Talking with strangers might feel intimidating or even a bit scary. The unknown, the unpredictable, and the possibility of rejection are all very normal things to be afraid of. But you can learn how to minimize the variables, increase your odds of success, and learn how to be more effective at talking about political matters with strangers.

It takes work to bridge that gap and continuously engage with the base, but the payoff is massive. Go talk to strangers!

And here’s the good news for introverts: if the title of this piece put a knot in the pit of your stomach, remember that YOU don’t have to be the person who talks with strangers. You can help make the plans, the flyers, the petition page, the technical analysis, or all sorts of other things that are needed in every single campaign effort and don’t involve talking with strangers. It takes all sorts of people to win the changes we need!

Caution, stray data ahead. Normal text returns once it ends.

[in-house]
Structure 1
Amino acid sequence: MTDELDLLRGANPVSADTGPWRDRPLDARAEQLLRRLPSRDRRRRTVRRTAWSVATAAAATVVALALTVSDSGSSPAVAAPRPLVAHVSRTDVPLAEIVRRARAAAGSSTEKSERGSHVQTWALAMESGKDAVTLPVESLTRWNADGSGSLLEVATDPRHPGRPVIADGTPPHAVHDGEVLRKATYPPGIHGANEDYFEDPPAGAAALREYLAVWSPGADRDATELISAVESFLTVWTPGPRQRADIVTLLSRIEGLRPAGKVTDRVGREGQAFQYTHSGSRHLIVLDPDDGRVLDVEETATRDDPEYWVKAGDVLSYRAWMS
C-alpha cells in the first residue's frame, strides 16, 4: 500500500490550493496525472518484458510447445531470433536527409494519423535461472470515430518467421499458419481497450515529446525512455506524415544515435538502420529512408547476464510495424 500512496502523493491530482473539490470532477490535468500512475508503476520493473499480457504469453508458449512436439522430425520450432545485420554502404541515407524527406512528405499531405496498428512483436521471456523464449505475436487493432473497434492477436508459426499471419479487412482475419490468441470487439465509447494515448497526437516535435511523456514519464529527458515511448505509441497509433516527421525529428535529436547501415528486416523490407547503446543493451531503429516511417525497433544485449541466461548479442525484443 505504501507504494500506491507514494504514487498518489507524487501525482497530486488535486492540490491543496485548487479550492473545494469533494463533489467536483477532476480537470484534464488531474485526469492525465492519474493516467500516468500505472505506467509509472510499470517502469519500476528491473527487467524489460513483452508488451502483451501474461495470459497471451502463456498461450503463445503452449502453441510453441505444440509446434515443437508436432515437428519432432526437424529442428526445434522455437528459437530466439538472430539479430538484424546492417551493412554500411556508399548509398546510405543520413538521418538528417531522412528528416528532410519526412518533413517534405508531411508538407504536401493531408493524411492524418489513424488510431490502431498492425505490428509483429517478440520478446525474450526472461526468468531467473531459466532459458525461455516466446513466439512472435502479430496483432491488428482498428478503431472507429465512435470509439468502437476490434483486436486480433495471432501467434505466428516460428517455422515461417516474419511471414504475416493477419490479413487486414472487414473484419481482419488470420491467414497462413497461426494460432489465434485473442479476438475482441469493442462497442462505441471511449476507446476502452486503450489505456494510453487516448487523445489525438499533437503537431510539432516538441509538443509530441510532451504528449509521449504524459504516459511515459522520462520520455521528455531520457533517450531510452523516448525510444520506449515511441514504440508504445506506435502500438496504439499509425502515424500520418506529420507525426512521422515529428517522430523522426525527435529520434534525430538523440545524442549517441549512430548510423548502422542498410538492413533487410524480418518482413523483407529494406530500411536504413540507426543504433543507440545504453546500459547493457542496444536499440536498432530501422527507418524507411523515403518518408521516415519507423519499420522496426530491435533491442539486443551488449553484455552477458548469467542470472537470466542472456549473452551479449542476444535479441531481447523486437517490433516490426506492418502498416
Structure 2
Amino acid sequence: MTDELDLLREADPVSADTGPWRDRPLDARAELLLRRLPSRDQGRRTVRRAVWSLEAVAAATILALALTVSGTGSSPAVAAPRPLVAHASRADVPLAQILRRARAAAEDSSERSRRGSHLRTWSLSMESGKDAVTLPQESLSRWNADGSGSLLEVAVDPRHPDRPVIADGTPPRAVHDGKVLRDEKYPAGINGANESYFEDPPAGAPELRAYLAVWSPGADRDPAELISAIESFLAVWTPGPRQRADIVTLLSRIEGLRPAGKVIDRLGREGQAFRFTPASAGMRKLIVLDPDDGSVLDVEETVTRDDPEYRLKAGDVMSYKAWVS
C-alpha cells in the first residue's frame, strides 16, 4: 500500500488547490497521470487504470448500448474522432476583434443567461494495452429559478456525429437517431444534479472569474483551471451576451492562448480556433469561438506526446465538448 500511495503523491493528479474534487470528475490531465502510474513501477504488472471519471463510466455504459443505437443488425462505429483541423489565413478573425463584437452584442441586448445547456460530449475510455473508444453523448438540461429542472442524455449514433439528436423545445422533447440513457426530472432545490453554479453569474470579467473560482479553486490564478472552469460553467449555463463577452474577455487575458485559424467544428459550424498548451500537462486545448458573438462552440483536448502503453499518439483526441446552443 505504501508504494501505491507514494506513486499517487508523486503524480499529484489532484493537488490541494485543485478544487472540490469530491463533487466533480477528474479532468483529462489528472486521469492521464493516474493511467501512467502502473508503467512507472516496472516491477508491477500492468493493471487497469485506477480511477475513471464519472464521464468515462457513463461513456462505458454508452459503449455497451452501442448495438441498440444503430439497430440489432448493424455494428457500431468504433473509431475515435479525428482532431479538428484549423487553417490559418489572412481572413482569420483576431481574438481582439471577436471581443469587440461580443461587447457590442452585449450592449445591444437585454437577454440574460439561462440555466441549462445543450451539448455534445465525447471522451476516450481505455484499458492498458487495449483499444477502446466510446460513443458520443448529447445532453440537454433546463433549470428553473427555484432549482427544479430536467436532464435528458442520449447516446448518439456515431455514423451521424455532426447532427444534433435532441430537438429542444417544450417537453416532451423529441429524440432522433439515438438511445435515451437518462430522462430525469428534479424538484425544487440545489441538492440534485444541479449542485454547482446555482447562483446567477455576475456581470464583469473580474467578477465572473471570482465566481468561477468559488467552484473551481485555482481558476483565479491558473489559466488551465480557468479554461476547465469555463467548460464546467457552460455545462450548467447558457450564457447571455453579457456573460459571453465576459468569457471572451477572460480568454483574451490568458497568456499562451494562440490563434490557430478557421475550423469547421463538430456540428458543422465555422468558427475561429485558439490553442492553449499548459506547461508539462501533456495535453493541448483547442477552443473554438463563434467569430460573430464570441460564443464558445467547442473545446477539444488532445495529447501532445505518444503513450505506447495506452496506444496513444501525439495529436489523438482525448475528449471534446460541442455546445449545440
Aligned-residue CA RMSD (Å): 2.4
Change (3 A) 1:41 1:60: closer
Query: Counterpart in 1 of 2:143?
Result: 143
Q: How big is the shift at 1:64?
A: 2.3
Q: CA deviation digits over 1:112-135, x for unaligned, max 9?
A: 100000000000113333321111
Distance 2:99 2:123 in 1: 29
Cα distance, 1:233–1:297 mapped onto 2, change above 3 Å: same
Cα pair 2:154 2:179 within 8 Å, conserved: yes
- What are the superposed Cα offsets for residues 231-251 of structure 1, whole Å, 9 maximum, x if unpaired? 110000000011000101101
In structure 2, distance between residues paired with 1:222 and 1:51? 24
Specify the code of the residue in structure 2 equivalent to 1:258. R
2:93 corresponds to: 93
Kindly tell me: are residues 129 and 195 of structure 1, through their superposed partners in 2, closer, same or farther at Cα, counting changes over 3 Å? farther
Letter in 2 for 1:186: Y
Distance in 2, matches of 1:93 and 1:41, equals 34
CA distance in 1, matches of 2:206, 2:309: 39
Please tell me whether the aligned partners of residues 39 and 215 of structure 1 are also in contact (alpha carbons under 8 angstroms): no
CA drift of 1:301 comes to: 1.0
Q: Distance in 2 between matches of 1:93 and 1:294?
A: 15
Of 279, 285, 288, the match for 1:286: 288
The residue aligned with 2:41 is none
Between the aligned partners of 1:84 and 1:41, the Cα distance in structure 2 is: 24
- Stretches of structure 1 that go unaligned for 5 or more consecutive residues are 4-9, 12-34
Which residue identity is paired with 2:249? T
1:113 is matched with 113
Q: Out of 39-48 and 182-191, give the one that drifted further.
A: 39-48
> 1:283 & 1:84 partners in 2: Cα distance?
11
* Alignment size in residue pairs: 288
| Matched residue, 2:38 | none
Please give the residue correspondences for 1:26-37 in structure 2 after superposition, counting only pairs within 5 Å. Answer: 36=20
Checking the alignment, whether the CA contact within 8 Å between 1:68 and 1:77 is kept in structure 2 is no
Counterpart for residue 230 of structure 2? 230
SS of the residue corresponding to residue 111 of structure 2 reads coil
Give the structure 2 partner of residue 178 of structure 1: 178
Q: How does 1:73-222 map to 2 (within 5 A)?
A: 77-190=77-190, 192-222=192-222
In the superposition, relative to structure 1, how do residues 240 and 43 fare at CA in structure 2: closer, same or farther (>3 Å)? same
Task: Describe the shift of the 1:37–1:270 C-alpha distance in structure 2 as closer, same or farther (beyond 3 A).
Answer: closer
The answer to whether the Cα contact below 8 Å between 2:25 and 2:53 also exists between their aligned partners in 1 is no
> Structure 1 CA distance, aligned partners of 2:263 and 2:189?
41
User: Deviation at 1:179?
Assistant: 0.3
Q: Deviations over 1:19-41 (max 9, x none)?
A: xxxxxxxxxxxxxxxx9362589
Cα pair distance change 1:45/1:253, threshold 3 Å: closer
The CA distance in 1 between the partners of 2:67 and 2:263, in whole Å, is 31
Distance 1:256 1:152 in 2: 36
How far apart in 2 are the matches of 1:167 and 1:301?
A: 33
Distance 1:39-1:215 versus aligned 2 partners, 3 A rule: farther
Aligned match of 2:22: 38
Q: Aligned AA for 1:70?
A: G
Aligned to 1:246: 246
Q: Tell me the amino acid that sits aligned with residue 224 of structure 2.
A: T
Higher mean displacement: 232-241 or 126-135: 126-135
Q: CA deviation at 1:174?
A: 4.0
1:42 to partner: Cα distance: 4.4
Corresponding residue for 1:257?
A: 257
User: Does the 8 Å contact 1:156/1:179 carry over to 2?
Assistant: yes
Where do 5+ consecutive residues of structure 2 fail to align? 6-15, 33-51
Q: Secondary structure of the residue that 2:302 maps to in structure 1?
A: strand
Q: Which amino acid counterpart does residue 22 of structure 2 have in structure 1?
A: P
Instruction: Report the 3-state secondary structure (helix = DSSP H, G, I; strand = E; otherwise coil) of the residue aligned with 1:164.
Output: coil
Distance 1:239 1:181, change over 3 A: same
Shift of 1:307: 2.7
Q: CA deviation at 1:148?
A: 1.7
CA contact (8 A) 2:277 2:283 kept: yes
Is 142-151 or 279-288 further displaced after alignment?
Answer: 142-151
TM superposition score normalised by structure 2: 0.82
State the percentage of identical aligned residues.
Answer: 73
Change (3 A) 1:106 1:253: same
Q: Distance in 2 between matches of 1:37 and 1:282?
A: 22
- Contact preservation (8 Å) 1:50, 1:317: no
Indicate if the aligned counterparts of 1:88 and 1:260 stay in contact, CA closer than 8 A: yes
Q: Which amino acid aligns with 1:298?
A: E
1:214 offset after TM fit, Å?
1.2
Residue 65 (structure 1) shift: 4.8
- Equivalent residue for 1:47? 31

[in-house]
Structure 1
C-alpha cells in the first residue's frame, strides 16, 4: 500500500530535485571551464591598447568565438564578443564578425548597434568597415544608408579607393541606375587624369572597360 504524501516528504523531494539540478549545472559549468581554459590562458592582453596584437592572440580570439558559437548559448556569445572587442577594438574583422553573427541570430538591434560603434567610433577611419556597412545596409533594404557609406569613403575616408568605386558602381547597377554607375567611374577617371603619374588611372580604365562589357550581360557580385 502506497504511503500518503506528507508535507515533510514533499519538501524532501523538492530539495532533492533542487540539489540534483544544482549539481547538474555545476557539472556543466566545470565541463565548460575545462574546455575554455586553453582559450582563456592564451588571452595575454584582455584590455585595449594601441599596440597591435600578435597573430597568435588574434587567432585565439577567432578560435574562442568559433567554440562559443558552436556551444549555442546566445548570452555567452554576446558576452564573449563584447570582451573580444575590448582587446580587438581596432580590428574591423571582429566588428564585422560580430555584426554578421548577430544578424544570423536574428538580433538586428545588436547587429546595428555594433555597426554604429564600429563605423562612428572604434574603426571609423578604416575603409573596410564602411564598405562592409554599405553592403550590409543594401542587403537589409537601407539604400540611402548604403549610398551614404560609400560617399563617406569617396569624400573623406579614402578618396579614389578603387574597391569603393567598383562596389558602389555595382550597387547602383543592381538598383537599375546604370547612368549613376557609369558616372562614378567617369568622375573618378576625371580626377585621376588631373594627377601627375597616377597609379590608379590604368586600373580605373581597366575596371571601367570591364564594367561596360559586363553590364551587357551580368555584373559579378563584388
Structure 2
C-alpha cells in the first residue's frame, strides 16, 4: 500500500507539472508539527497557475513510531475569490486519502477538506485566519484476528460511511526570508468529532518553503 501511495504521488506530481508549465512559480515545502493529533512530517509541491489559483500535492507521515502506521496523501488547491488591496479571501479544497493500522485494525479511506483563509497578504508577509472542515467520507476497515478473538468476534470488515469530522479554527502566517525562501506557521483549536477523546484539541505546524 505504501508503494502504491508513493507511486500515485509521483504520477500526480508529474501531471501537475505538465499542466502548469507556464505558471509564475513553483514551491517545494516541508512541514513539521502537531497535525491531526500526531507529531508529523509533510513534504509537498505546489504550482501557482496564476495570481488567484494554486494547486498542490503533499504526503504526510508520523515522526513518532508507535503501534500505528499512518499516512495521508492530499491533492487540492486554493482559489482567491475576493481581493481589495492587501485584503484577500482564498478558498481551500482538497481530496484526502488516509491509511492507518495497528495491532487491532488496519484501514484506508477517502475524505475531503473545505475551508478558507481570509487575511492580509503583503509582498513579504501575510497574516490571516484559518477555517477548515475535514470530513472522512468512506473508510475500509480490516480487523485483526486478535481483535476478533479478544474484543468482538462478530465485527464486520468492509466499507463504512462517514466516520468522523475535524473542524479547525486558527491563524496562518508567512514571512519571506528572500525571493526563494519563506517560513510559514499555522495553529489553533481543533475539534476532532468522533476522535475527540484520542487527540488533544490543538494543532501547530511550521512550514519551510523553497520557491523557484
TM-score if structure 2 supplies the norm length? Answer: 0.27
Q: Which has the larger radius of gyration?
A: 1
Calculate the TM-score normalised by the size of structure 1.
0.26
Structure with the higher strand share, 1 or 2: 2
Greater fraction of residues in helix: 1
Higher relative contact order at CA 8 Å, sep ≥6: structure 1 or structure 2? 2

Editor’s note: A version of this article originally appeared on Carter Lavin’s Substack and is republished with permission.

Carter Lavin is a climate activist in Oakland, California who helps organizations and individuals build political power, hone strategy, and win campaigns on the local, regional, and state level. Learn more about him at his website, or schedule a time to speak with him at

To learn more about organizing, Carter is also hosting the following free group trainings and virtual events:

7/19 @ 5:30pm PT— Transit & Bike Activism Training: how to win bigger by bridging the local and state-wide organizing gap.  Learn more and register here. Sponsored by Cleverhood! Learn more about how Cleverhood’s stylish and effective rain capes can keep you dry while you ride at

7/26 @ 5:30pm PT— Join your fellow transportation advocates at the July Open Discussion Zoom Happy Hour! This month’s topic: “Translating Bike Joy into Bike Political Power.” Come share your thoughts and learn from allies. Register here.

7/27 @ 5:30pm PT— Free Bike Activism Training: “A beginner’s guide to getting a protected bike lane in your community. Learn more and register here.

The post To Win Your Transit and Bike Goals, You Need to Talk To Strangers appeared first on Streetsblog USA.

The post To Win Your Transit and Bike Goals, You Need to Talk To Strangers appeared first on Streetsblog California.